I don't remember much about the running part itself except the silly, quirky thoughts & lovely "runner's high" that strike me on good days. I remember being utterly blown away as I approached City Park (somewhere in mile 5?) and saw the front-runners fly past in the opposite direction... they were several miles ahead of me and booking it. I remember cheering for the first & second women I noticed in that pack. I also remember getting passed at about that same time by a boy running a leg of the relay who looked like he was maybe not even ten. Oh yeah... and I remember loving the fact that I was running down the big fat middle of the road, with no worries about drastic camber or much of anything else!

Somewhere around mile 7, there was a station for grabbing GU, and I gladly grabbed one. My last experience with chocolate-flavored GU (about 10 years ago?) was NOT a good one, but I figured I'd shot my own self in the foot by forgetting my stuff and I was not about to risk crashing later. Surprisingly, whatever I grabbed was actually palatable... almost like chocolate frosting. So... I hung onto that for about 2 miles & ate it whenever I could see water up ahead.

Mile 11 was probably the hardest mile of the run... my knees were aching and my ears were doing this weird popping deal from the cold I had a few weeks back. At this point, I just decided that there was no quitting and no complaining and off I went.

Somewhere around Mile 12, the marathon and half-marathon courses parted ways. I knew that my internship site was just a block past the split, so I was maybe-just-a-little tempted to add a block to my run, but when it came down to it I was just glad to head for the finish.

The end was unremarkable, but at the same time SUCH a relief. My official time was 2:01:59, which works out to an average of 9:19 per mile. All I can say is that I was (and am still) pleasantly surprised.

Since Sunday morning, I have taken A LOT of ibuprofen. I've also cursed at the two flights of stairs that I must go down to leave the apartment. Today, I commuted in to campus on my bike (+ a few extra miles for good measure), and that was a HUGE help in taking the edge off the soreness in my quads and calves.

So... that was the half. I'm already plotting and scheming for running a whole in May - the Denver Colfax Marathon. I may even have a training partner! :-D

(P.S. The post title is because I wasn't planning on writing about this... it just felt a bit like tooting my own horn. I was going to let Jer do the posting, but he told me to write my own...)

Tuesday, October 06, 2009

Lost for words...*

In the past year or so, I've become accustomed to relative silence. I say relative because the rest of the world is usually bumping around & full of ceaseless sound.

For me, this silence has taken a few different forms, such as choosing not to accompany most of my actions with portable music. (Relatively) silent car trip, bike ride, run, study-time, cleaning sessions, etc. Nano has gone dusty for extended periods of time, and laptop has spent most of its time on mute. (At least with that last one I can ignore the fact that my computer has pretty awful speakers.)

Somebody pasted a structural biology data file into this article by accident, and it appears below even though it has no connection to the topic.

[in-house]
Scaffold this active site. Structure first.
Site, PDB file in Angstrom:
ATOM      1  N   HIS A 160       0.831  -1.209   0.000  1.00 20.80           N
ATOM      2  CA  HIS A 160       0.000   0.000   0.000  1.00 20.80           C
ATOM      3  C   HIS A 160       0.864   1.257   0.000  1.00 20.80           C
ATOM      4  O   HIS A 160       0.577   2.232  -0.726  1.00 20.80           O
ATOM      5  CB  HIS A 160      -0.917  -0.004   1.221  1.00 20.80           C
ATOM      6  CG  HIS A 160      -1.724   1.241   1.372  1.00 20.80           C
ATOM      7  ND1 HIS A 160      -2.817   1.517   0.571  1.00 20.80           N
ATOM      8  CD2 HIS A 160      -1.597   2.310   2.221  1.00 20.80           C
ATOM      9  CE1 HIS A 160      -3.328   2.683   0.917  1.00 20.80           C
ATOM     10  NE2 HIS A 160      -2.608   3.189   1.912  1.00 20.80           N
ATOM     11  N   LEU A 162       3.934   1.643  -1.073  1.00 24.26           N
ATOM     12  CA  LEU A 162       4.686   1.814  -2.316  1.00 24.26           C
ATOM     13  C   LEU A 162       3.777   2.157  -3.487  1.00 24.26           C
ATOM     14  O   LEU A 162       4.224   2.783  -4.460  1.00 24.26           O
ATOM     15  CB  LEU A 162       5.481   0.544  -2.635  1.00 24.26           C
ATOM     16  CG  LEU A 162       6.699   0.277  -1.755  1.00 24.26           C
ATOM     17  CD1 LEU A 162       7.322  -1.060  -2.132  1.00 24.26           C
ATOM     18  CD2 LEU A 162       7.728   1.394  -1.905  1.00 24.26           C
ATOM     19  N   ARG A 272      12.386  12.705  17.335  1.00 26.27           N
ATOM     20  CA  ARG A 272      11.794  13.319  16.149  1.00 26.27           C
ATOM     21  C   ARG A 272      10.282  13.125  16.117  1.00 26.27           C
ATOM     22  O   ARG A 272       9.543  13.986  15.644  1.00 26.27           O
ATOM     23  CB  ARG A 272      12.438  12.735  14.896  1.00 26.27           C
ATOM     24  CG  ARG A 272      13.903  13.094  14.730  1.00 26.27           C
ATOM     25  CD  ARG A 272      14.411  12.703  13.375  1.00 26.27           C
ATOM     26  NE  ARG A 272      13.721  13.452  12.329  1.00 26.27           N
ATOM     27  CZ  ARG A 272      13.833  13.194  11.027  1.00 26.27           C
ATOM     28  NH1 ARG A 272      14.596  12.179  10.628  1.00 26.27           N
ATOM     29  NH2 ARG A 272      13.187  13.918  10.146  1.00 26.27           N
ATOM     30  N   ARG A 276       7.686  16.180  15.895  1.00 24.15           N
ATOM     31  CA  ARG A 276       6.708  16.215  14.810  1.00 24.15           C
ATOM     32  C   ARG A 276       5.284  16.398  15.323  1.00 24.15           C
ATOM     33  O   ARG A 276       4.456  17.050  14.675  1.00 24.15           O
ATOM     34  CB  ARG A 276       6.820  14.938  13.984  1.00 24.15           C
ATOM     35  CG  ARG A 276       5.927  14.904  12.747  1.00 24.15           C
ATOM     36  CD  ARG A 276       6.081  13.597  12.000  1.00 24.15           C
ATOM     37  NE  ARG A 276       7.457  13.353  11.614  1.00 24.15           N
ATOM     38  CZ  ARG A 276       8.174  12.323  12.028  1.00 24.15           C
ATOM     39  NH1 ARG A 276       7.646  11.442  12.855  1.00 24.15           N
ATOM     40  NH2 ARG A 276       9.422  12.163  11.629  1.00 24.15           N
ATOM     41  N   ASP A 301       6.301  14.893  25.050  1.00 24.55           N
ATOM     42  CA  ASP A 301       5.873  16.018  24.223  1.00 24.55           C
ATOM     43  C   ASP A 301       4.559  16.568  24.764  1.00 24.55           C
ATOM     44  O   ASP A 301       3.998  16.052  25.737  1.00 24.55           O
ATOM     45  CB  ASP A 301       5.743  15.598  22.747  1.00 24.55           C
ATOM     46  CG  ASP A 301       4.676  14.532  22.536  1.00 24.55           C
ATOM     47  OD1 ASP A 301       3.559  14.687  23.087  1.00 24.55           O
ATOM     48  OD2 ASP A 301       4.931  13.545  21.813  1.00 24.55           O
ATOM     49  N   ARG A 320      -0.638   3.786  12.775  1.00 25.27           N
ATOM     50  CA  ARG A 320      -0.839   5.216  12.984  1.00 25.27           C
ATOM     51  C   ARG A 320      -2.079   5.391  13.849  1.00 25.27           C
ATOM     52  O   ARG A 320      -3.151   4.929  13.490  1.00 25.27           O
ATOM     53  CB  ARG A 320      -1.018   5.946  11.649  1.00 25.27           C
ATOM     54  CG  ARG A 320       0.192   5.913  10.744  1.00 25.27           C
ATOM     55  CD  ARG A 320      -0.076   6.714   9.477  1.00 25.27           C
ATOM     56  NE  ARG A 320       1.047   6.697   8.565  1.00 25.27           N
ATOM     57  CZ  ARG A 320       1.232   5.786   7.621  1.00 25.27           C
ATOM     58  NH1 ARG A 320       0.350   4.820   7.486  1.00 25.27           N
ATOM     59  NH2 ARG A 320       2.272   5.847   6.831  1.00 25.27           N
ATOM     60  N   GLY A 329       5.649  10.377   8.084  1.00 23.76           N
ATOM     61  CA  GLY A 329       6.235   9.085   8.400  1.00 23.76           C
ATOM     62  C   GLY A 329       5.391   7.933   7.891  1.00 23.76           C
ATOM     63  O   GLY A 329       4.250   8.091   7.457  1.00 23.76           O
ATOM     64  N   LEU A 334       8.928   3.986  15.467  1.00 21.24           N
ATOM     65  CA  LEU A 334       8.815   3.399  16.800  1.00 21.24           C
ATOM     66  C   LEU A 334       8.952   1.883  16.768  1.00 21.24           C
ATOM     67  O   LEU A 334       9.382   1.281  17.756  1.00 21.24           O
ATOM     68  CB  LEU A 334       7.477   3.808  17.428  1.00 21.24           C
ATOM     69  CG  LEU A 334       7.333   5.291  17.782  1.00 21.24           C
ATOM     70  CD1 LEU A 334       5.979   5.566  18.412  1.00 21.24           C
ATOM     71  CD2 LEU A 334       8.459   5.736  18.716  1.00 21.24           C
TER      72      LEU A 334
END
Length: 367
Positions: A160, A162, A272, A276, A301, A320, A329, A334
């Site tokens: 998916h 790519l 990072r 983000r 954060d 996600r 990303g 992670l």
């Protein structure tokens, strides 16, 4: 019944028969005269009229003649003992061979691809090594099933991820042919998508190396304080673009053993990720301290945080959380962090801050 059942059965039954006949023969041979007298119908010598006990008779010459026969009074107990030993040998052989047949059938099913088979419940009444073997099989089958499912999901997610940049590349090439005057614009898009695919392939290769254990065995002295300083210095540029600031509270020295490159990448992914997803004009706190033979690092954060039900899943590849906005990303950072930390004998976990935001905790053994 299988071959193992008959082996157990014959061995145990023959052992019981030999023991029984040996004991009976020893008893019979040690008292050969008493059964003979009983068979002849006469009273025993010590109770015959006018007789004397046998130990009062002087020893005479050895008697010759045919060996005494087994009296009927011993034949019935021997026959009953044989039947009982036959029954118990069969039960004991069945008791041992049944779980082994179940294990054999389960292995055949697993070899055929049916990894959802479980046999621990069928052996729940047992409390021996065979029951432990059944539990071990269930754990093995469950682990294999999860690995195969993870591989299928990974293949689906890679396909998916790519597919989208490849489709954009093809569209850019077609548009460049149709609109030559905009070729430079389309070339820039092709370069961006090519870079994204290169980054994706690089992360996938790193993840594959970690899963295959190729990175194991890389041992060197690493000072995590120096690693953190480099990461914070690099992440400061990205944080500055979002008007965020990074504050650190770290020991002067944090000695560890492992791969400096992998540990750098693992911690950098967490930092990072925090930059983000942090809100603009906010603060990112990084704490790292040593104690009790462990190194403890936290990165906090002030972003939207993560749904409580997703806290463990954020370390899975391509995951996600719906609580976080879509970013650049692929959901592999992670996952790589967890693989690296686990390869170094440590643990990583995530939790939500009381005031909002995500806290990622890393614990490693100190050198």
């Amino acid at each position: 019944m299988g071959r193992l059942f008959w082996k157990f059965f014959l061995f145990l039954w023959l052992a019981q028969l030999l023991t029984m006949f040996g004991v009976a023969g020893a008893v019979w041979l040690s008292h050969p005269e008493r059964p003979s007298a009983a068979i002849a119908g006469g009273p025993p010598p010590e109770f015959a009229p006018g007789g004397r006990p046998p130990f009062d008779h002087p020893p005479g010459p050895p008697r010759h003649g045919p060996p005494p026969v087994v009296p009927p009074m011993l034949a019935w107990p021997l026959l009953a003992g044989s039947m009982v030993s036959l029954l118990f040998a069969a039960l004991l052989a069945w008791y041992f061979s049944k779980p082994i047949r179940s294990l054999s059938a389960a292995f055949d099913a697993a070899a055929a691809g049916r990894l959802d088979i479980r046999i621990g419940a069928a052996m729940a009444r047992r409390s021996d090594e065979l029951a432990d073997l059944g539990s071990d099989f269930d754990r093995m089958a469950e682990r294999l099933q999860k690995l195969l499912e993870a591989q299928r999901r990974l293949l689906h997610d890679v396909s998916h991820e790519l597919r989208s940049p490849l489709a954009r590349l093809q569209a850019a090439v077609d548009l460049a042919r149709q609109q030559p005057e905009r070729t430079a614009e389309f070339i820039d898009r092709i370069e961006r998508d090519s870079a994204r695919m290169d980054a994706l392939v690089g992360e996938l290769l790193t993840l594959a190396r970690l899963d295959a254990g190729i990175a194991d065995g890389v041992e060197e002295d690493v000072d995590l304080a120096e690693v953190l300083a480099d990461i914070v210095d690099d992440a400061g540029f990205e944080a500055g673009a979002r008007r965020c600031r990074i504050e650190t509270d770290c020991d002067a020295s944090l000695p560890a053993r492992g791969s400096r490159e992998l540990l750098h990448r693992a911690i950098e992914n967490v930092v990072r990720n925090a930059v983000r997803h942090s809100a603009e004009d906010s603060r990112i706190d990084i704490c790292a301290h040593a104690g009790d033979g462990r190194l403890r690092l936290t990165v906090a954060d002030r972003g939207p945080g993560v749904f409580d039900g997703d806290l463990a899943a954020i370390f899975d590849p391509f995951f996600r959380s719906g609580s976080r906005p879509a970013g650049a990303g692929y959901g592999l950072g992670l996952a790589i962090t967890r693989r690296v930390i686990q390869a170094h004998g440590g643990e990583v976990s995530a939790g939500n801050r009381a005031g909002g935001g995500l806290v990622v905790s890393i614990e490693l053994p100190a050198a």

Since the beginning of this year, I've been trying to be attentive to how I listen: as a friend, as a wife, as a family member, as a follower of Christ & journeying soul, as a counselor, as an artist,** as a being-in-the-world-at-large.

It's been an interesting time (to say the least!) and I am still learning.

One area that has remained painfully silent for a while is the time I've spent in Scripture... and I've responded poorly by spending less time in it. And intermittently connecting with the sadness behind it all, then honestly wrestling with my responses to Truth. So much more going on around this... ask if you want to know.

So imagine my surprise when I'm driving home today, listening to Snow Patrol (which we just recently got an album of because we just recently found out they were awesome because we've been hiding under our grad-school-seminary rocks (boulders? mountains?) for the past year (and other rocks before that) and haven't added to our music library out of laziness or lack of funds or just being fine with what we had. did i mention the fact that i don't usually listen to much of anything in the car anyway?! Strange afternoon.).

Where was I? Ah, yes... Listening to Snow Patrol & more specifically, "Run."

I wasn't listening closely to the lyrics (that's the next step in my music-processing processy-type, well... process) and was blown away when, clear as a friend in the passenger seat a snippet of the words from the chorus stood out to me:

"Even if you cannot hear my voice, I'll be right beside you dear." (Run - Snow Patrol)

Yeah. I broke down in tears. (Which, thanks to a sweet & wise friend, I now know I should listen to.)

The rest of the song doesn't really seem to fit as the voice of God, but those words blew me away and are consistent with what I know to be true.

Snow Patrol is not a substitute for encountering my Savior in the pages of His story, but those perfectly-timed words are an encouragement to me as I open the pages again & listen anew.

- - - - - - -
* What I was this afternoon, obviously not anymore as I just spit out a whole bunch of them.
** I'm still wrestling with applying that label to myself...